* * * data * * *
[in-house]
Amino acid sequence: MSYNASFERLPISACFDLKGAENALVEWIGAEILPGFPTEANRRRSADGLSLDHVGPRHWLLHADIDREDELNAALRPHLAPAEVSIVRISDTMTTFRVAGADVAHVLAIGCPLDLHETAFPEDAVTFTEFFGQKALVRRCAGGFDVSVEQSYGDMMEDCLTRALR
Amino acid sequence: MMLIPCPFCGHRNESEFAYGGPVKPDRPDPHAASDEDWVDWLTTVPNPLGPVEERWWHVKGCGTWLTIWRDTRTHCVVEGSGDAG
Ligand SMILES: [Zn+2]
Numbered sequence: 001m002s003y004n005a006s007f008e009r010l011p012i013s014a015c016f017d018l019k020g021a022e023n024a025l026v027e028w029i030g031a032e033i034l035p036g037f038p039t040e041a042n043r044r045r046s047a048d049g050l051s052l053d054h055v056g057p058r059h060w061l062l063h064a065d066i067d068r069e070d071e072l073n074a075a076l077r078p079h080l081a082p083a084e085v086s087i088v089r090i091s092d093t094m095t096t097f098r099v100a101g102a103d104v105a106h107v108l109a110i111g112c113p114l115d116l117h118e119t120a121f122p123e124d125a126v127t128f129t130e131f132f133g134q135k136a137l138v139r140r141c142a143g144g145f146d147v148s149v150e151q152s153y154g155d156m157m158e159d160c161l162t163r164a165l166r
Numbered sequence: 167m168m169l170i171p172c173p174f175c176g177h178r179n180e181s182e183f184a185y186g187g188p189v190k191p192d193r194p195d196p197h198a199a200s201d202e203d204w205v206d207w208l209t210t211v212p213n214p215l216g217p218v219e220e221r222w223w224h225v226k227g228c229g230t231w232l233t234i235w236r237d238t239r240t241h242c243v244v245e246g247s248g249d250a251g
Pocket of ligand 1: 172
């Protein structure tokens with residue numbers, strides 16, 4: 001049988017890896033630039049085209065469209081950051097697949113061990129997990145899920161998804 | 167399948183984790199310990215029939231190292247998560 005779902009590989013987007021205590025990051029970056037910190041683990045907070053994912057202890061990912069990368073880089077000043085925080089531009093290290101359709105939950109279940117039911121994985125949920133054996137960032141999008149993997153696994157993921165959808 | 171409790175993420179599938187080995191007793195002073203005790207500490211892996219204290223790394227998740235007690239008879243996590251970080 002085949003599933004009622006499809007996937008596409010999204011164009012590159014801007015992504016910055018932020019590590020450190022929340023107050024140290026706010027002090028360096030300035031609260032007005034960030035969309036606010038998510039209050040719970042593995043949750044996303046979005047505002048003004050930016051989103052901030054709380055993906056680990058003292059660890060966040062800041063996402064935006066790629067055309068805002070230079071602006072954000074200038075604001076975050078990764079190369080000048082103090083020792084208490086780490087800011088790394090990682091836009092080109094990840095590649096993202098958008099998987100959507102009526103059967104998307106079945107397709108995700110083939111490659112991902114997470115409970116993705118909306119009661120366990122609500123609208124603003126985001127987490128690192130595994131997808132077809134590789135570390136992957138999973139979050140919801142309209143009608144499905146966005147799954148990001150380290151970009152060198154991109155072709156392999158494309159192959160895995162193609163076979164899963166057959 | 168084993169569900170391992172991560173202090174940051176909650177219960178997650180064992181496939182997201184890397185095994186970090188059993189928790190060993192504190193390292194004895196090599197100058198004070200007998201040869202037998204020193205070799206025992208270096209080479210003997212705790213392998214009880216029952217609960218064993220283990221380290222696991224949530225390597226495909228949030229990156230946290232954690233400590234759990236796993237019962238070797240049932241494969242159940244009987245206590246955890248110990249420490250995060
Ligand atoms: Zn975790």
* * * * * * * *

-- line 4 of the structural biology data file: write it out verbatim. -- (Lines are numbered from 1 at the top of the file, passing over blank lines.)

Ligand SMILES: [Zn+2]